Due to their non-transparency and non-predictability, administrative procedures increase business costs. For example, as planning and land management are performed by two different agencies, enterprises must satisfy many requirements and conditions set by these agencies in order to obtain approval of architectural designs, land use rights certificates and construction permits. Satisfaction of any condition would surely be a cost for enterprises. In localities where transparency of administrative procedures is not ensured, enterprises may rely on their ties with competent agencies to take advantage of the setting of land price frames and the application of prices based on land price frames. For a land plot, for instance, situated between two streets, each having its own price frame, the competent agency may impose a tax or rent rate of the smaller street with a lower price or vice versa. In this case, administrative procedures have created discriminatory treatment. Land use coefficients are also a risky procedural requirement for enterprises unless they are made public and ensure equality among enterprises.

Business licenses and certificates of satisfaction of business conditions may also become barriers to trade. Although nearly 400 have been recently scrapped by the Government, many forms of business license exist. Meanwhile, many other licenses have re-emerged in the form of specific requirements set by ministries and localities. Normally, enterprises have to draw up dossiers of application for certification of satisfaction of business conditions. This is not an easy task when enterprises lack information and guidelines from administrative agencies. In many cases, such certification is a time-consuming process that takes business opportunities away from enterprises. Compilation of dossiers and transfer of dossiers among different agencies also cost enterprises, which affects the competitiveness of enterprises upon market entry.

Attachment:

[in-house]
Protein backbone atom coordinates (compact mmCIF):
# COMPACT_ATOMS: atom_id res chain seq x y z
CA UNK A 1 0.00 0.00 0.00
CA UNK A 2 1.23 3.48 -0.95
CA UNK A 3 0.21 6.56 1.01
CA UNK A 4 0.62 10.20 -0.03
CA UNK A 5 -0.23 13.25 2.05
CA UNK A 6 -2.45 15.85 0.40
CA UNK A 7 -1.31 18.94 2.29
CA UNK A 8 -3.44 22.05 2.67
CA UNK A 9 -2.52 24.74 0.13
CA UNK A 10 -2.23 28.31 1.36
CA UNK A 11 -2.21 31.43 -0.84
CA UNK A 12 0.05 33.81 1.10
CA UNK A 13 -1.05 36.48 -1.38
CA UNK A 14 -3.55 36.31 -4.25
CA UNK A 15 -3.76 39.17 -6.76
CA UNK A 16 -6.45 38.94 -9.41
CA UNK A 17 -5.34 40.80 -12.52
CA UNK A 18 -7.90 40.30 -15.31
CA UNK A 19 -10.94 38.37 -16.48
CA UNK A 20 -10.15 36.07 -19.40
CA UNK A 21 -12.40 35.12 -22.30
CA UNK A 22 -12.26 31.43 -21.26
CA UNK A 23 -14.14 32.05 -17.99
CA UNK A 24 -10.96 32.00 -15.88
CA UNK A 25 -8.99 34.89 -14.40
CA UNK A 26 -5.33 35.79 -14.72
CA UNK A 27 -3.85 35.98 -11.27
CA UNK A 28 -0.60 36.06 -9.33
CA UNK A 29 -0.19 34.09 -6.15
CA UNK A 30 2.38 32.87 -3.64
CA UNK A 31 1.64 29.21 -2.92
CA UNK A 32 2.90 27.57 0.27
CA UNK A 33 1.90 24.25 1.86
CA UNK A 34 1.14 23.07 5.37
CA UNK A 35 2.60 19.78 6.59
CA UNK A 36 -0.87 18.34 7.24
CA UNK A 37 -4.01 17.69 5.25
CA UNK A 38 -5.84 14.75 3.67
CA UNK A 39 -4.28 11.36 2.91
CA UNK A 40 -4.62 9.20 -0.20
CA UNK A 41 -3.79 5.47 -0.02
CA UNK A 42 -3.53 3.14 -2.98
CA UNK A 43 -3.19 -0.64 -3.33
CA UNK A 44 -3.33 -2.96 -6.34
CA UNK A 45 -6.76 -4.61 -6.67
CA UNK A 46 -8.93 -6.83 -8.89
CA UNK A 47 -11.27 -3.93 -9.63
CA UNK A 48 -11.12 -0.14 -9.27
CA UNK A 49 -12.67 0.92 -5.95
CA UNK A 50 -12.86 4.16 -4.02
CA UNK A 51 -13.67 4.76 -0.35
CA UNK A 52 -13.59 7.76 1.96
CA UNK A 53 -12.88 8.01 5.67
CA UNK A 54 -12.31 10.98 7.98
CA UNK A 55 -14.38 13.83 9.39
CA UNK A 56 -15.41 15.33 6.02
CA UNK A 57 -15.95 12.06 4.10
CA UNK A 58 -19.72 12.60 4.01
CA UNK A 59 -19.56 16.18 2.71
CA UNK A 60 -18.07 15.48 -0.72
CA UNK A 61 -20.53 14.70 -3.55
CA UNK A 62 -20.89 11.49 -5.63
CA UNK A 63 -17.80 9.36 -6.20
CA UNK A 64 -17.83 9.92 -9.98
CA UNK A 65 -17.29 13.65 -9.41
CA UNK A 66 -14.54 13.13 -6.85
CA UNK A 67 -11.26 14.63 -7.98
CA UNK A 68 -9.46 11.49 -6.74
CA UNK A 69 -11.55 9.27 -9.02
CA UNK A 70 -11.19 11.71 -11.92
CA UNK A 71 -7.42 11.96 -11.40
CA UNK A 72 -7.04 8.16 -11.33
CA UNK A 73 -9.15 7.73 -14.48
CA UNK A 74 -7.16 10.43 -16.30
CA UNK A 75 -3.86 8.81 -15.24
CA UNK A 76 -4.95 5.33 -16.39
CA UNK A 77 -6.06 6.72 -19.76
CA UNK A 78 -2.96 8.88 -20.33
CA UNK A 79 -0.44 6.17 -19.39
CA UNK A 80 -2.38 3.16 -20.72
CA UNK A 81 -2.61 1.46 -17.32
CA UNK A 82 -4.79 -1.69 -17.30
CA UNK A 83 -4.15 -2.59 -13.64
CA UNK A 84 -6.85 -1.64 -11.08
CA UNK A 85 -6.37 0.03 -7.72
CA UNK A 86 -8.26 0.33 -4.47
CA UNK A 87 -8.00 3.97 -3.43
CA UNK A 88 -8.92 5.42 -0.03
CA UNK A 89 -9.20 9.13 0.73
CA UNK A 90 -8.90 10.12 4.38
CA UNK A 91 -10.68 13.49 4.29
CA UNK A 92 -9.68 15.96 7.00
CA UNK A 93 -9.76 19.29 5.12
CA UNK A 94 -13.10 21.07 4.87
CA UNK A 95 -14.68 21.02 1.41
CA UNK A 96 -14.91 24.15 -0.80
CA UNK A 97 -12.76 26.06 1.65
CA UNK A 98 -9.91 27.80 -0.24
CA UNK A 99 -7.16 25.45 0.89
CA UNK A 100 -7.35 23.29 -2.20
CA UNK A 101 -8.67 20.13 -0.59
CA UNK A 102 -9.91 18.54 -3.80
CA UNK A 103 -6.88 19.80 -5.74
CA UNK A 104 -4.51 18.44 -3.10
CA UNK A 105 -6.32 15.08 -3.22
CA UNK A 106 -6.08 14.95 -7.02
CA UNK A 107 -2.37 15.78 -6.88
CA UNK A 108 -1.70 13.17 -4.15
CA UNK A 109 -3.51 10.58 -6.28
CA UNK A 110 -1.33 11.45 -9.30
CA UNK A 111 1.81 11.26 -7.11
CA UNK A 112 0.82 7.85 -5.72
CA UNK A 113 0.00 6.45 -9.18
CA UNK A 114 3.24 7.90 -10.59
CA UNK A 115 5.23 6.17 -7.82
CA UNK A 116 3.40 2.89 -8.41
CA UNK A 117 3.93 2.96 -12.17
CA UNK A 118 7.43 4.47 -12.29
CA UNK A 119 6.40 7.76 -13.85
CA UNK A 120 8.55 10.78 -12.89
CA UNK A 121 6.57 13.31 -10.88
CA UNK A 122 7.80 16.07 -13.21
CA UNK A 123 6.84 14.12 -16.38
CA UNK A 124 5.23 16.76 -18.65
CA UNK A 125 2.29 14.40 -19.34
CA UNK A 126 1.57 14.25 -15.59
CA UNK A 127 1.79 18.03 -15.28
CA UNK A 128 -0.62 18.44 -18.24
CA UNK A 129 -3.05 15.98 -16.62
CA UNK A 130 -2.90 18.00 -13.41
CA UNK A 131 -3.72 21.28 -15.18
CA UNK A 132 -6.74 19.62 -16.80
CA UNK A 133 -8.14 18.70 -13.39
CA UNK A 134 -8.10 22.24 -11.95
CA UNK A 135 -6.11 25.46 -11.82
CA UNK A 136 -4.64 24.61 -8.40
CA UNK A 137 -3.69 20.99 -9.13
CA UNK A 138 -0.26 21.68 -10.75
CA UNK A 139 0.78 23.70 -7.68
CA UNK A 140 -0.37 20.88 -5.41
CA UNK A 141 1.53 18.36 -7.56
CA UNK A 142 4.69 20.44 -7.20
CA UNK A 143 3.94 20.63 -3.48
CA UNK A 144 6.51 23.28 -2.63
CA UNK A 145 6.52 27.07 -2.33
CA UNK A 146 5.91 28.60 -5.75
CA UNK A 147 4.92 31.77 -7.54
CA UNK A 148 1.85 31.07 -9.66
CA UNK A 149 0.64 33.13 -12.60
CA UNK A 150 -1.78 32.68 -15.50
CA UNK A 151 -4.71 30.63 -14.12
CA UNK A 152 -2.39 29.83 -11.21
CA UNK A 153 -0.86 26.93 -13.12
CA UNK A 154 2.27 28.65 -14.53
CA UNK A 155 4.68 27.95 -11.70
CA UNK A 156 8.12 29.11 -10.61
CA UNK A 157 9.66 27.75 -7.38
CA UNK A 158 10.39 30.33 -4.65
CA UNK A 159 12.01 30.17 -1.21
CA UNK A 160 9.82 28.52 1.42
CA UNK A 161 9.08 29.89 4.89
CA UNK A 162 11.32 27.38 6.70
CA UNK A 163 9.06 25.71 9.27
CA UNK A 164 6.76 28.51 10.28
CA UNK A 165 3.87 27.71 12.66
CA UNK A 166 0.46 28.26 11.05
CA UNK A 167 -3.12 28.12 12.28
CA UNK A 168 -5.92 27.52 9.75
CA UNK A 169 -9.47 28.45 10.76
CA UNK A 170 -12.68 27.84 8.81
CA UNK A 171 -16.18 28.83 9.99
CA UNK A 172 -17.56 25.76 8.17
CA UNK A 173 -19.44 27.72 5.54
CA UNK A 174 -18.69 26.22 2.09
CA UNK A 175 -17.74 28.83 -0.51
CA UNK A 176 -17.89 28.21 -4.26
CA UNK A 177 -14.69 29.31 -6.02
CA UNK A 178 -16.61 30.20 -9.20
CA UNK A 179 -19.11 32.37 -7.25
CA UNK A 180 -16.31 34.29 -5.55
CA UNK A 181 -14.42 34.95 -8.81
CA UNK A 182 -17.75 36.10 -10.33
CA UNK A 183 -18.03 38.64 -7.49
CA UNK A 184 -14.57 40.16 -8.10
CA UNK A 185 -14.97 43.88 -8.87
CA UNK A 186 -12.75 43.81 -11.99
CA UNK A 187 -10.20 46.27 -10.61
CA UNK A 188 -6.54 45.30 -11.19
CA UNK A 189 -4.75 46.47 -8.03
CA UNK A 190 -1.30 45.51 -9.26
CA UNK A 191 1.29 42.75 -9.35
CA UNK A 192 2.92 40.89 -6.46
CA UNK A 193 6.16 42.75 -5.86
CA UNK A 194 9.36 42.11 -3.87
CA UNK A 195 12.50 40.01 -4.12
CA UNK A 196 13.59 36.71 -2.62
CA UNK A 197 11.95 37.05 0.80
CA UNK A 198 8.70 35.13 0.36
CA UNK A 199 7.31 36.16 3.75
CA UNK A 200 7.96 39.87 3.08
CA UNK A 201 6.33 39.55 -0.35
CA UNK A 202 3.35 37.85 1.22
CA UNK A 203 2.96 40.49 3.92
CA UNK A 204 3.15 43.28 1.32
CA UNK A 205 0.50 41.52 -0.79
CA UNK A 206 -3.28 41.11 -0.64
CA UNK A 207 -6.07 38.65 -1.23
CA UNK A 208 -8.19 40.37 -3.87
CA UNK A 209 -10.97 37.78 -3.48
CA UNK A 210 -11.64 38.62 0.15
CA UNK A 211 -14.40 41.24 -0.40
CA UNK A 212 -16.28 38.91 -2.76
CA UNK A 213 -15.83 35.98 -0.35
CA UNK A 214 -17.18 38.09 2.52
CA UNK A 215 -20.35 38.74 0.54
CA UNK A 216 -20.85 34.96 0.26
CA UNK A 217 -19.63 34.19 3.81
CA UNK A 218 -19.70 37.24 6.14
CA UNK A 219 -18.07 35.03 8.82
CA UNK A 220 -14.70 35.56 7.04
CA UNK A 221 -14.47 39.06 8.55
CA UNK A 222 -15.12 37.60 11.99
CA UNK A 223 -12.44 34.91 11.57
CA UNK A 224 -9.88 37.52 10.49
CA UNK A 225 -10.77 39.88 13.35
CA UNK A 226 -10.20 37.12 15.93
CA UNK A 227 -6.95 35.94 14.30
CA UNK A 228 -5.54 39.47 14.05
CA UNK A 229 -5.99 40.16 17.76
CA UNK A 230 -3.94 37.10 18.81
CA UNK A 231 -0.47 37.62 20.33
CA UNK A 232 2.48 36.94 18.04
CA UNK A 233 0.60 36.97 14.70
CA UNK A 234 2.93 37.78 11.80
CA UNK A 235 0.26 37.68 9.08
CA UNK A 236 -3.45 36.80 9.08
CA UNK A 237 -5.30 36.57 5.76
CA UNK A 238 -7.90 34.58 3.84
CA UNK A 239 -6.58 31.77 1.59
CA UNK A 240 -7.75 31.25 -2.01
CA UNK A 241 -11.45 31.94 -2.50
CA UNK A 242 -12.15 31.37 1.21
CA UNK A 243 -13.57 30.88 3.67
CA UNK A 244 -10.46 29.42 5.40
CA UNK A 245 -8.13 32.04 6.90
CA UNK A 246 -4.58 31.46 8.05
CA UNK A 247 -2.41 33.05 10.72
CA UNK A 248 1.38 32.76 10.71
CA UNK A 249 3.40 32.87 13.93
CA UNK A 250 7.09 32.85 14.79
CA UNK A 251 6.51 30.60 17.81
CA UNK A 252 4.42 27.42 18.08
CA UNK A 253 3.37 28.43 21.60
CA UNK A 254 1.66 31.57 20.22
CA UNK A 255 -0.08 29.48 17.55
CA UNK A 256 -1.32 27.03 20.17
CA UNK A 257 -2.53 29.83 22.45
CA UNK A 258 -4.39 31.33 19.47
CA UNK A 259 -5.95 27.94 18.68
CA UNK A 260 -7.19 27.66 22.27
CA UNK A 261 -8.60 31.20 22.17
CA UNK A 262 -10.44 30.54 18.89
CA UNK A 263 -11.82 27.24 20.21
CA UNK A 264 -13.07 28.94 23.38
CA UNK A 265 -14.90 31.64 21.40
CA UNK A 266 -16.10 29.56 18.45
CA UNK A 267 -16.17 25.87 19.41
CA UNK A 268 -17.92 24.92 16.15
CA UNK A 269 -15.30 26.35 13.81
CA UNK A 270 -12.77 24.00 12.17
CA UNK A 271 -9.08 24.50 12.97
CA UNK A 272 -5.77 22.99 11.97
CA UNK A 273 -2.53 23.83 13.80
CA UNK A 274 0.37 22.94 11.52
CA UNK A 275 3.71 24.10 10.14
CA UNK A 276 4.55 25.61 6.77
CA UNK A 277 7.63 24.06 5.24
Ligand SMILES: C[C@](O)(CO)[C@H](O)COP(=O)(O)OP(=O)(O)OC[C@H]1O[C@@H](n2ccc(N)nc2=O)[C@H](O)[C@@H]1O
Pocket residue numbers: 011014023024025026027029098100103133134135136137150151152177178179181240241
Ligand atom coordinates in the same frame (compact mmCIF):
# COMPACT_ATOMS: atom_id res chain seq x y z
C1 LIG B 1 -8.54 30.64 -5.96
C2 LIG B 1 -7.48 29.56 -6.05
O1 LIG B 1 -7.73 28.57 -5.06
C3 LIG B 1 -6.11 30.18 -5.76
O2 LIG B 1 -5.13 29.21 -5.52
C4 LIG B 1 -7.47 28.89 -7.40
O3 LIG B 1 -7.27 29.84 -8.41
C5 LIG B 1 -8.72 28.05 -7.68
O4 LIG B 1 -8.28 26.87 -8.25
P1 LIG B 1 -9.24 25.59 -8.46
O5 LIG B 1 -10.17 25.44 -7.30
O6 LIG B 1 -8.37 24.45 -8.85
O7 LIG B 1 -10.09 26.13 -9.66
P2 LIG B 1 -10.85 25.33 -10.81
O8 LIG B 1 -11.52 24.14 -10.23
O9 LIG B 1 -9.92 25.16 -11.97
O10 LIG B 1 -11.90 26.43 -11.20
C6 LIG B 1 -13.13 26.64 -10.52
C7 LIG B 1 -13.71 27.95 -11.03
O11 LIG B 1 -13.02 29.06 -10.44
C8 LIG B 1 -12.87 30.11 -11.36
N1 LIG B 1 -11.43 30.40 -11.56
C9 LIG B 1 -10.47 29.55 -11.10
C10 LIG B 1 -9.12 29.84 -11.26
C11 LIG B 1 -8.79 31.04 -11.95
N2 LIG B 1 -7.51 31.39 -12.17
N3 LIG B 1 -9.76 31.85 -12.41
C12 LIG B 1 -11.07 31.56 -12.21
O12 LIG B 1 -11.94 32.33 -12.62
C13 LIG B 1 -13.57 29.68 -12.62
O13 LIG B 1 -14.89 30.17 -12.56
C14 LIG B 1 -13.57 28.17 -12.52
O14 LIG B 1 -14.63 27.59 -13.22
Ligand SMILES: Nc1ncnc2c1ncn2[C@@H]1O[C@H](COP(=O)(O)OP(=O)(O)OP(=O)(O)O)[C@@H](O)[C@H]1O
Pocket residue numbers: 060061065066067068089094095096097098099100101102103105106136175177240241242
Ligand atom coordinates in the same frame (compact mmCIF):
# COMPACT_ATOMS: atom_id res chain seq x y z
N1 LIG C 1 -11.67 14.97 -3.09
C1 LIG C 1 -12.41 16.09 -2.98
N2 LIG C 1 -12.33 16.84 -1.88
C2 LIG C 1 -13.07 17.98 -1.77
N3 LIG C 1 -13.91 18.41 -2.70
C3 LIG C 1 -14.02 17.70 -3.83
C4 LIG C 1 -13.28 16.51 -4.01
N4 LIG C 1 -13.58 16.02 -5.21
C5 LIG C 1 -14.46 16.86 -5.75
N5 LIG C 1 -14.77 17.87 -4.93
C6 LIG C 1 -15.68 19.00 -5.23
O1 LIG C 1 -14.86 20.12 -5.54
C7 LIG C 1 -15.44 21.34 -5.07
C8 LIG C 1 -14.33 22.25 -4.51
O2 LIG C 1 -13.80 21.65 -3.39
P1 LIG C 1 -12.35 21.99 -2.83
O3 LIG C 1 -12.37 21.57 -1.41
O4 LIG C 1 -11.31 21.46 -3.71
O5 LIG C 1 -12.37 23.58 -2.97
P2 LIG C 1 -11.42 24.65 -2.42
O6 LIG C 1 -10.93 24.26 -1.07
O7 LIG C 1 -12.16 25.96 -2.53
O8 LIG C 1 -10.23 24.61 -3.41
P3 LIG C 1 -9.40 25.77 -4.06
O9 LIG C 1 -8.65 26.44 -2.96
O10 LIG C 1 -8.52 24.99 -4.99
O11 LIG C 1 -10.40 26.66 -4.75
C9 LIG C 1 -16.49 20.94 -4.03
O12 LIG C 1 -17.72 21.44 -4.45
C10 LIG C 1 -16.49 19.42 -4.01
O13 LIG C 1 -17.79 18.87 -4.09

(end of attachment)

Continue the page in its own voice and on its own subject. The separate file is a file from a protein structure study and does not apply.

In the interest of enterprises

Many of Vietnam’s institutional commitments to the WTO are related to reform of administrative procedures, which are expressed in the Report of the Working Party on the Accession of Vietnam. In paragraph 517 of the Report, Vietnam confirmed that official letters would not be used as legal normative documents and would be used in a manner consistent with WTO rules on transparency. In paragraph 518, Vietnam also confirmed that all laws, regulations, decrees, judicial decisions and administrative rulings of general application affecting or pertaining to customs issues, trade in goods, trade in services, intellectual property and the control of foreign exchange would be promptly published in an official journal. These laws, regulations and decisions could not be enacted before they are made public. With these commitments, reform of administrative procedures has been regarded as a priority by the Government. In the reform process, administrative procedures related to enterprises should receive special attention:

(i) These administrative procedures affect the economy more greatly than administrative procedures related to other entities. Delayed market access and high market access costs and transaction costs are factors that reduce the competitiveness of enterprises and the economy as a whole. These consequences are great in the light of trade globalization.

(ii) Discriminatory administrative procedures could easily make Vietnamese enterprises or government vulnerable to lawsuits of their trade partners.